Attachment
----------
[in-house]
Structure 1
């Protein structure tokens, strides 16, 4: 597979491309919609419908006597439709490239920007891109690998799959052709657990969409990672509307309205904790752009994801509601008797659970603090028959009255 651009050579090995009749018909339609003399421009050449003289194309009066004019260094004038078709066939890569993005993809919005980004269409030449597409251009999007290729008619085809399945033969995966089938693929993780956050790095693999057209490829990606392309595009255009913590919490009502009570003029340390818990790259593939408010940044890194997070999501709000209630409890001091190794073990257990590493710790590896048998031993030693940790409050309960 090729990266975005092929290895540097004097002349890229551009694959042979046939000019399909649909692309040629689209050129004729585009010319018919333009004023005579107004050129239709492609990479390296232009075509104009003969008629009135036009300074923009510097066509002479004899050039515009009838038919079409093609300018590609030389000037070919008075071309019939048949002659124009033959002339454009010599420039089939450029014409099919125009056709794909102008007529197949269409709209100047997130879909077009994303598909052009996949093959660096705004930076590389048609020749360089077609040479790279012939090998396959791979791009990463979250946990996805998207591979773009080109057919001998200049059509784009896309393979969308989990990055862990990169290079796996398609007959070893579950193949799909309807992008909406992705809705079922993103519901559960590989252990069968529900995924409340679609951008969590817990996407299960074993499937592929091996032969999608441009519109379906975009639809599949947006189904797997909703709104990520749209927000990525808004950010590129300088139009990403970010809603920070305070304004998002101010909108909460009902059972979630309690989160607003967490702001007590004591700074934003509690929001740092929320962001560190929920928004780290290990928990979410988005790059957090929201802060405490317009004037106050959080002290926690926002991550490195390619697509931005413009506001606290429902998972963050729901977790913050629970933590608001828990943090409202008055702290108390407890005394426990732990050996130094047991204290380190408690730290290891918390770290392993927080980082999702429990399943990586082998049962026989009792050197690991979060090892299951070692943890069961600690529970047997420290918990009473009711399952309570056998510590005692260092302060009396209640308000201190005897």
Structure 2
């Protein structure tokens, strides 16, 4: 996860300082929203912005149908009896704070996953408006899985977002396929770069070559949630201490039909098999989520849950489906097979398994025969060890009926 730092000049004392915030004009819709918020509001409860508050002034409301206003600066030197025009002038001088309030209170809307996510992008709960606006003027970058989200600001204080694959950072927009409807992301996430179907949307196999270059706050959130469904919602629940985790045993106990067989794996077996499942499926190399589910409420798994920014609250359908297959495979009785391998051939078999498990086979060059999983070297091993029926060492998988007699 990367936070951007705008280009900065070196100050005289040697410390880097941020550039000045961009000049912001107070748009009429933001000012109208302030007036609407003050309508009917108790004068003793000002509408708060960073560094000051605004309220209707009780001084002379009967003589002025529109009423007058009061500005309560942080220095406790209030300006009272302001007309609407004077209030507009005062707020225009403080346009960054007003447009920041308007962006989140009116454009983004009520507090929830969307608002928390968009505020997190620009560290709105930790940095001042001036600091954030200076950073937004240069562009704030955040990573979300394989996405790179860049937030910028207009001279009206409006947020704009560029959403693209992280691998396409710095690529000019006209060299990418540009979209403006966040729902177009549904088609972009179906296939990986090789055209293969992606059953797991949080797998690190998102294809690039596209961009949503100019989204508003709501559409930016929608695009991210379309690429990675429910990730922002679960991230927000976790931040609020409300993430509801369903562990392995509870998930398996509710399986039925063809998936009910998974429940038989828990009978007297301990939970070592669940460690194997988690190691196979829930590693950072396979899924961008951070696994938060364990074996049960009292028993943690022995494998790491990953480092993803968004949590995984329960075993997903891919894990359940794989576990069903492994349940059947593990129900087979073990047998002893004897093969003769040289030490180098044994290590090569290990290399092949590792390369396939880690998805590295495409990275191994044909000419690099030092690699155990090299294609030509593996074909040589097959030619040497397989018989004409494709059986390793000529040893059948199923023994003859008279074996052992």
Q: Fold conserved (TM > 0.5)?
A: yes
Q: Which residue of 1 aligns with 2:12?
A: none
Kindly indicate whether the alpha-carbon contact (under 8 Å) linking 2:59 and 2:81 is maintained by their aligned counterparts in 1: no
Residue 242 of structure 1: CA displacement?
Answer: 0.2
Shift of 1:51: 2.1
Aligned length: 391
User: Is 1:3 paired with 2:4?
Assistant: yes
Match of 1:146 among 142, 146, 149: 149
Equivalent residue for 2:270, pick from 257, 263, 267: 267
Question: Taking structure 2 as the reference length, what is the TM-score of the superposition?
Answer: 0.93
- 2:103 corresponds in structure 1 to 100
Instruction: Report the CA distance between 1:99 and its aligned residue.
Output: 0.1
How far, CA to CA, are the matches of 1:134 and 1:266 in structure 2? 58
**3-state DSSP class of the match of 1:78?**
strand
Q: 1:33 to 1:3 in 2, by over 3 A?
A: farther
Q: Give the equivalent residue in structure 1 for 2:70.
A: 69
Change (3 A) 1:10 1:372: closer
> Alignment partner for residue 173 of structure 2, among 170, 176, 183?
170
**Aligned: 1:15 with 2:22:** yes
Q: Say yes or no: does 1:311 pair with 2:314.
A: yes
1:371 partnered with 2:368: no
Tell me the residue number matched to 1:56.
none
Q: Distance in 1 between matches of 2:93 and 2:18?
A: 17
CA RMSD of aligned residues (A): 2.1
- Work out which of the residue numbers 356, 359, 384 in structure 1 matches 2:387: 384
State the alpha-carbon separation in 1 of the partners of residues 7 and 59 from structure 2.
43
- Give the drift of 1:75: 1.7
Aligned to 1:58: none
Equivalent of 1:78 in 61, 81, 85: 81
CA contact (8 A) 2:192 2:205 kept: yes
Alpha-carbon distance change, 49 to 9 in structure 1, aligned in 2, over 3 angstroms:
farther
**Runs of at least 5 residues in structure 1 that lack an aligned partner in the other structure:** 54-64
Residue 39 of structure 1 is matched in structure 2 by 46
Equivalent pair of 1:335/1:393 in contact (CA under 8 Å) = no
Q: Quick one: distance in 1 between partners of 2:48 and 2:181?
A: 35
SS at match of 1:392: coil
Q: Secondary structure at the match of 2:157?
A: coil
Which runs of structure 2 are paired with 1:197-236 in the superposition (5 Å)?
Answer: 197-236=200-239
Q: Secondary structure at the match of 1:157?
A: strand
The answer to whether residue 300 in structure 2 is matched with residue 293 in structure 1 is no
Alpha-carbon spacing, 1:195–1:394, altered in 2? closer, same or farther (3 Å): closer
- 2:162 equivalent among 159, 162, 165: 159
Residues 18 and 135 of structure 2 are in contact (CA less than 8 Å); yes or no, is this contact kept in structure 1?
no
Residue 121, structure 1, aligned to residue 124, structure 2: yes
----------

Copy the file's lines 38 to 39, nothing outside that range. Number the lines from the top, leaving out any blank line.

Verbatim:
Tell me the residue number matched to 1:56.
none